Cheerful and helpful workers are beloved by their bosses, and just about everyone else, really. Enthusiastic optimists make for great colleagues, rarely cause problems, and can always be counted on.
But they may not necessarily make the best employees, says Adam Grant, the organizational psychologist and Wharton professor.
Speaking in Chicago at the annual conference of the Society for Human Resource Management, Grant said he separates workers along two axes: givers and takers, and agreeable and disagreeable. Givers share of themselves and make their colleagues better, while takers are selfish and focused only on their own interests. The agreeable/disagreeable spectrum is what it sounds like: some workers are friendly, some are grouchy.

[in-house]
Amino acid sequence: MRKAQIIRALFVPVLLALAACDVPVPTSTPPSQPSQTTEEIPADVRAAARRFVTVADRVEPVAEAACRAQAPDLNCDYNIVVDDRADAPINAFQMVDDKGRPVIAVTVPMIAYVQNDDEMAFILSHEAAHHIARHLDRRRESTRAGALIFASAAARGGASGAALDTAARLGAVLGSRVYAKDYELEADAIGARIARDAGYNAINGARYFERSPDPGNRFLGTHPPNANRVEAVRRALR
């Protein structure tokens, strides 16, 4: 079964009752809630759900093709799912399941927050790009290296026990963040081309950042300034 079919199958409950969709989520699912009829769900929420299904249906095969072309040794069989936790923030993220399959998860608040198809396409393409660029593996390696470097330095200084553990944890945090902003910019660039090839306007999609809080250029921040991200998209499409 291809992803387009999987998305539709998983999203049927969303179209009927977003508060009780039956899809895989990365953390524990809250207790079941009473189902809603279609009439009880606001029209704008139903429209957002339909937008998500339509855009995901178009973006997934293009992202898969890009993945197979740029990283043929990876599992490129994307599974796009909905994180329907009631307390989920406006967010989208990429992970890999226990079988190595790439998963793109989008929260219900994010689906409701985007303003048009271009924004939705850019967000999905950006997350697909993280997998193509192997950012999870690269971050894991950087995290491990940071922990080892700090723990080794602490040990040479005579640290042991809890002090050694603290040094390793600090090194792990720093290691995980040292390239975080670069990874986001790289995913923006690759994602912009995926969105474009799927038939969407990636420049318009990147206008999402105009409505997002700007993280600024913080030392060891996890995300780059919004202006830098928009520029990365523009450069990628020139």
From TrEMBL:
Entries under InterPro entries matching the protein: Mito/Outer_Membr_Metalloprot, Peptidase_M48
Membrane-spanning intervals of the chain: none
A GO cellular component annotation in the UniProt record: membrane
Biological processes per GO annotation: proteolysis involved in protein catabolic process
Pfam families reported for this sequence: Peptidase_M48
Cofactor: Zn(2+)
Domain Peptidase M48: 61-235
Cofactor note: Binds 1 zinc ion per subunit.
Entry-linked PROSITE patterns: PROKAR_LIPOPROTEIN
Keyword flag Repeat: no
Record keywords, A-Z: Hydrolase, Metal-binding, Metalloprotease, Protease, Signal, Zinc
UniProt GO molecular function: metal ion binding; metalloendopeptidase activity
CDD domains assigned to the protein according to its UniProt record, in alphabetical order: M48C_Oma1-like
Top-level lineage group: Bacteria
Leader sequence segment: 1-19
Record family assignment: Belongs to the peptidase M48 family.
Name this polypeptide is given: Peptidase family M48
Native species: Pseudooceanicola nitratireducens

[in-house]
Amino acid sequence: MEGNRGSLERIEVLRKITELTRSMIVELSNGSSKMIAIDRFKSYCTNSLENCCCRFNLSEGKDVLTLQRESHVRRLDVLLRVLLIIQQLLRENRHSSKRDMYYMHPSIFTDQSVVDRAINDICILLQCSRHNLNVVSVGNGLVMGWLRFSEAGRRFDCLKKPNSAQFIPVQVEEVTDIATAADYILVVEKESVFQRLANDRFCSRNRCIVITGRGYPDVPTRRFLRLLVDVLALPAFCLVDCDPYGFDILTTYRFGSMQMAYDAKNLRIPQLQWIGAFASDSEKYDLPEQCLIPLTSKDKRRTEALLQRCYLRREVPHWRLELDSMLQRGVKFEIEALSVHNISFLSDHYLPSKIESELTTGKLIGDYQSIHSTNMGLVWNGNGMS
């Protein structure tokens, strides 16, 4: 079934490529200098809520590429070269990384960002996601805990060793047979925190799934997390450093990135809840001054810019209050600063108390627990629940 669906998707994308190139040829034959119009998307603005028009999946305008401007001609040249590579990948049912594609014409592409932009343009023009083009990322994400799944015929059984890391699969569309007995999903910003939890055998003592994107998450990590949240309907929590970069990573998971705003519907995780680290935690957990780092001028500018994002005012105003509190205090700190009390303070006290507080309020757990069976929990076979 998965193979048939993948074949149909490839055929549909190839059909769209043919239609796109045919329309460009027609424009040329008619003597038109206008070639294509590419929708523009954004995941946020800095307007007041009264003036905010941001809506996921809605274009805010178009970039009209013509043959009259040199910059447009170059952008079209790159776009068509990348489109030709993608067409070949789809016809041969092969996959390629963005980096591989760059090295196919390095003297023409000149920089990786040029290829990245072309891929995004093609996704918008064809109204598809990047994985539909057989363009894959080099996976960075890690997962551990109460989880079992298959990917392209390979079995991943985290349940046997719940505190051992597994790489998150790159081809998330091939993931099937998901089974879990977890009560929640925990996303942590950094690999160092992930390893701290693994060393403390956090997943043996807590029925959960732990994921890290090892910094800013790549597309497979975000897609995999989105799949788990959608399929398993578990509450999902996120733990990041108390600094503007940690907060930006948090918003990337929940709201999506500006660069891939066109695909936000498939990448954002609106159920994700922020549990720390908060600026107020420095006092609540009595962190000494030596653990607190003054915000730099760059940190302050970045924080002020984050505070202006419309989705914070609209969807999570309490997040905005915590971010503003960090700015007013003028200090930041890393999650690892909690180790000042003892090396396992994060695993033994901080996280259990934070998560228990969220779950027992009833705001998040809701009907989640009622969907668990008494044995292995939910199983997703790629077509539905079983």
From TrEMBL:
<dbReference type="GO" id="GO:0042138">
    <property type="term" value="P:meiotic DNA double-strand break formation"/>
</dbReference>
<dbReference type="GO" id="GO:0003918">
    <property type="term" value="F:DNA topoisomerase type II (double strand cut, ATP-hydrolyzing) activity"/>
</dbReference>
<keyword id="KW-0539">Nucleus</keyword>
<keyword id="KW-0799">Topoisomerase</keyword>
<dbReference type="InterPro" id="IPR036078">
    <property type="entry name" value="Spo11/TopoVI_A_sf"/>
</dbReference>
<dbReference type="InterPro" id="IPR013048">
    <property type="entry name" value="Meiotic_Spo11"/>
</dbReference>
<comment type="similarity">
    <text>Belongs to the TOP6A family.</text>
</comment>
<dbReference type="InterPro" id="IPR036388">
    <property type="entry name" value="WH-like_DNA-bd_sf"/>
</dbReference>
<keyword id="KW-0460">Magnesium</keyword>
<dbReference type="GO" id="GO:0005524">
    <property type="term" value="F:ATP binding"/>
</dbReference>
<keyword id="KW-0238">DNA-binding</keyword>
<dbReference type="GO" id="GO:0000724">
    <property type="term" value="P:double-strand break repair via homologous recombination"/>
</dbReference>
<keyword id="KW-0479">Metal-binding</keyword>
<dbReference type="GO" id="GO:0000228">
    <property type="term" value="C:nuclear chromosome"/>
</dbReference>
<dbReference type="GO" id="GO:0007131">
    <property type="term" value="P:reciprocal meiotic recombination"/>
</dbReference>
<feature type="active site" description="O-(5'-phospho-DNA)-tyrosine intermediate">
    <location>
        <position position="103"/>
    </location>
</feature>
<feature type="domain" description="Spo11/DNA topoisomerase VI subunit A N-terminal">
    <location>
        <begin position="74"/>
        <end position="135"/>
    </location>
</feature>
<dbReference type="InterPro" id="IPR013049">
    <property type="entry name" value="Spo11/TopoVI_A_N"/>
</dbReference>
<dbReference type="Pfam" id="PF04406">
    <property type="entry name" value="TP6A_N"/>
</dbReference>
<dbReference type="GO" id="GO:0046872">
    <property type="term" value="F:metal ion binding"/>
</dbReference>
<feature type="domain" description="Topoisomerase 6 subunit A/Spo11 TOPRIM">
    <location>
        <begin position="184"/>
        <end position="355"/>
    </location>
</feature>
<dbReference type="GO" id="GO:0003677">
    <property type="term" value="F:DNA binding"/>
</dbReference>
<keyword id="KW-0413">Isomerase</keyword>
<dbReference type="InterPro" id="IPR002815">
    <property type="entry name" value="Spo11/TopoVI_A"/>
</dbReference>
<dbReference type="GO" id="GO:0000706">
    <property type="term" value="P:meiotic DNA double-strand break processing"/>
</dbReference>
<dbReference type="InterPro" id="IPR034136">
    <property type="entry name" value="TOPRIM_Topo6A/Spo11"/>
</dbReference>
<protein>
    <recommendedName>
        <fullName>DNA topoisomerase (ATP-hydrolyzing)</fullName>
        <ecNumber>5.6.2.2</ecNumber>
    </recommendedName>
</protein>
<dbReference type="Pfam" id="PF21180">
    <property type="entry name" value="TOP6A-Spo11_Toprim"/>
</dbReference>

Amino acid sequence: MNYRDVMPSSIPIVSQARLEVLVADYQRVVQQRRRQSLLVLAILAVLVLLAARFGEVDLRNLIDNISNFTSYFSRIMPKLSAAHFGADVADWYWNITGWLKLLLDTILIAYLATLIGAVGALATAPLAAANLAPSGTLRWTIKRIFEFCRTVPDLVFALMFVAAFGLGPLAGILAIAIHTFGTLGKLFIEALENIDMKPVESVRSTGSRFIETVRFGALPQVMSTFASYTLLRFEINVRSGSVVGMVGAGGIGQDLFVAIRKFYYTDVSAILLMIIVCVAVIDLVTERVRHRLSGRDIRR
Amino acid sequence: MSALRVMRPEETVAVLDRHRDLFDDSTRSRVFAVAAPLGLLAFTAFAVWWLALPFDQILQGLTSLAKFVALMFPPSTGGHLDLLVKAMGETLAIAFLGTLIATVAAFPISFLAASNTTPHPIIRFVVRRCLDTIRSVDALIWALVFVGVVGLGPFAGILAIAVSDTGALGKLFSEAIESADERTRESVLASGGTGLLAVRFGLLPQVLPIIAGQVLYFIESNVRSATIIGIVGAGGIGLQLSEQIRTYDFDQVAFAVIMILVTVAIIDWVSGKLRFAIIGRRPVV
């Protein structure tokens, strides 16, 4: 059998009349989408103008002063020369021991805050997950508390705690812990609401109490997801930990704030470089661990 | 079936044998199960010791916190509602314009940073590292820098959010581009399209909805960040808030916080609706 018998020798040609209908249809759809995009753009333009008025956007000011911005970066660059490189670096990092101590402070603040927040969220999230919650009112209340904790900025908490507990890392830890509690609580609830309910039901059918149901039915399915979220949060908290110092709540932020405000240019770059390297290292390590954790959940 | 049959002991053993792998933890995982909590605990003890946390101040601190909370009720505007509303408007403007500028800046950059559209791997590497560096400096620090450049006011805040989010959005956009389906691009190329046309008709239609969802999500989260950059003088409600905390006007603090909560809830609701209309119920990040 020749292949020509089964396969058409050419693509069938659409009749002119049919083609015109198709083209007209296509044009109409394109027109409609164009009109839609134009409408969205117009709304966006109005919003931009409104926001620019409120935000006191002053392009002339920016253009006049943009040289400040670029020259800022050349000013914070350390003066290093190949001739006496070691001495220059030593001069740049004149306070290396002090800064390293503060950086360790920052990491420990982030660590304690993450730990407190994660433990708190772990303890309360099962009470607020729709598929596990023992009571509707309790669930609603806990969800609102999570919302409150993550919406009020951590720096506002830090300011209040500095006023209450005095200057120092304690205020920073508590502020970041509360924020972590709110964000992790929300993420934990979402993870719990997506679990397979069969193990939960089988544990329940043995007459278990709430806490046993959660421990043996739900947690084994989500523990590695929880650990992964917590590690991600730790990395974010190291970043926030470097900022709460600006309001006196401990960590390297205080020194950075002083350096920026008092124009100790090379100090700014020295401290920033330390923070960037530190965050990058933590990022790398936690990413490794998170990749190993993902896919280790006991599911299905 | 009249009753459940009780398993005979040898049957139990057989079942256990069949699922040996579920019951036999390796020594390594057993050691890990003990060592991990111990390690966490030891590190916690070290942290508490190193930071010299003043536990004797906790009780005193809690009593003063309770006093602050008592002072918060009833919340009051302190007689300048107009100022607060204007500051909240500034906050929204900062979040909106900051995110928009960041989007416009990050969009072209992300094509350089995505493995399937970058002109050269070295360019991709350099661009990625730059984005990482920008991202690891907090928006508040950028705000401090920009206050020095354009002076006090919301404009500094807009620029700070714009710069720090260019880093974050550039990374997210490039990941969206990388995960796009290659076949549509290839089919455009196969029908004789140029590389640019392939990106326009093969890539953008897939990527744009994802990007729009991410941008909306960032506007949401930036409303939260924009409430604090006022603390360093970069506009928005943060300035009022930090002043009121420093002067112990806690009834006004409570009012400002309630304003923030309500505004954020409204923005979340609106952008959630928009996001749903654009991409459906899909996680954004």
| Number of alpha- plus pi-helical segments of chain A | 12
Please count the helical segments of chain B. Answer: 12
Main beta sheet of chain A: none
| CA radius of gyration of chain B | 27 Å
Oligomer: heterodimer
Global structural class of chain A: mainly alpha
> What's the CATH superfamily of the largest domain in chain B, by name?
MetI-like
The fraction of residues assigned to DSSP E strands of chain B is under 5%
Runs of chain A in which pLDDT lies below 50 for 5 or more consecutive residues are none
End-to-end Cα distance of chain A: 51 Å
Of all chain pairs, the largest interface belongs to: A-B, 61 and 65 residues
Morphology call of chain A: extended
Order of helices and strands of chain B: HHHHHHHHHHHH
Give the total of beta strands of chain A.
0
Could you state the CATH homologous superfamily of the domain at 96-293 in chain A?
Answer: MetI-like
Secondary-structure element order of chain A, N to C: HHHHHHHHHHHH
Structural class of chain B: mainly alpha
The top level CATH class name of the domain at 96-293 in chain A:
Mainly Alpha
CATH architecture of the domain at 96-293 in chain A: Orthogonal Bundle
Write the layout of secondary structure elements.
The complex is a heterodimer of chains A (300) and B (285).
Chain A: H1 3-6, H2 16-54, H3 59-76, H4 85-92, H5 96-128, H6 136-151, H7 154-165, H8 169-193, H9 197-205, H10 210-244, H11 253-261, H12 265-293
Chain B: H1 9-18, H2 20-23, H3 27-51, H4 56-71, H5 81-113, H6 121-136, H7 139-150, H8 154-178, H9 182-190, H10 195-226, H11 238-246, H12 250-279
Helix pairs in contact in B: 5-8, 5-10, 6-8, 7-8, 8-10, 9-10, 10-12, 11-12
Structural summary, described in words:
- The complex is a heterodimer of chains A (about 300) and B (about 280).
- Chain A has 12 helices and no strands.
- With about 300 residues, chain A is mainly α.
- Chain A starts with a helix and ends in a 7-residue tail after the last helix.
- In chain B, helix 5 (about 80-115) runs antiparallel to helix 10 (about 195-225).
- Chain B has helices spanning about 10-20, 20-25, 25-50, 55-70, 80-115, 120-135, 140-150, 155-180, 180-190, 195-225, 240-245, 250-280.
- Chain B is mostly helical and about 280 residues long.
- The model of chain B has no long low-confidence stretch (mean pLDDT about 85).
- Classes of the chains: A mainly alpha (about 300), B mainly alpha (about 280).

Grant has found there’s no correlation between being friendly and being a giver, nor being a grump and a taker. Givers and takers both can be either agreeable or disagreeable.Read the full article @ Quartz at Work
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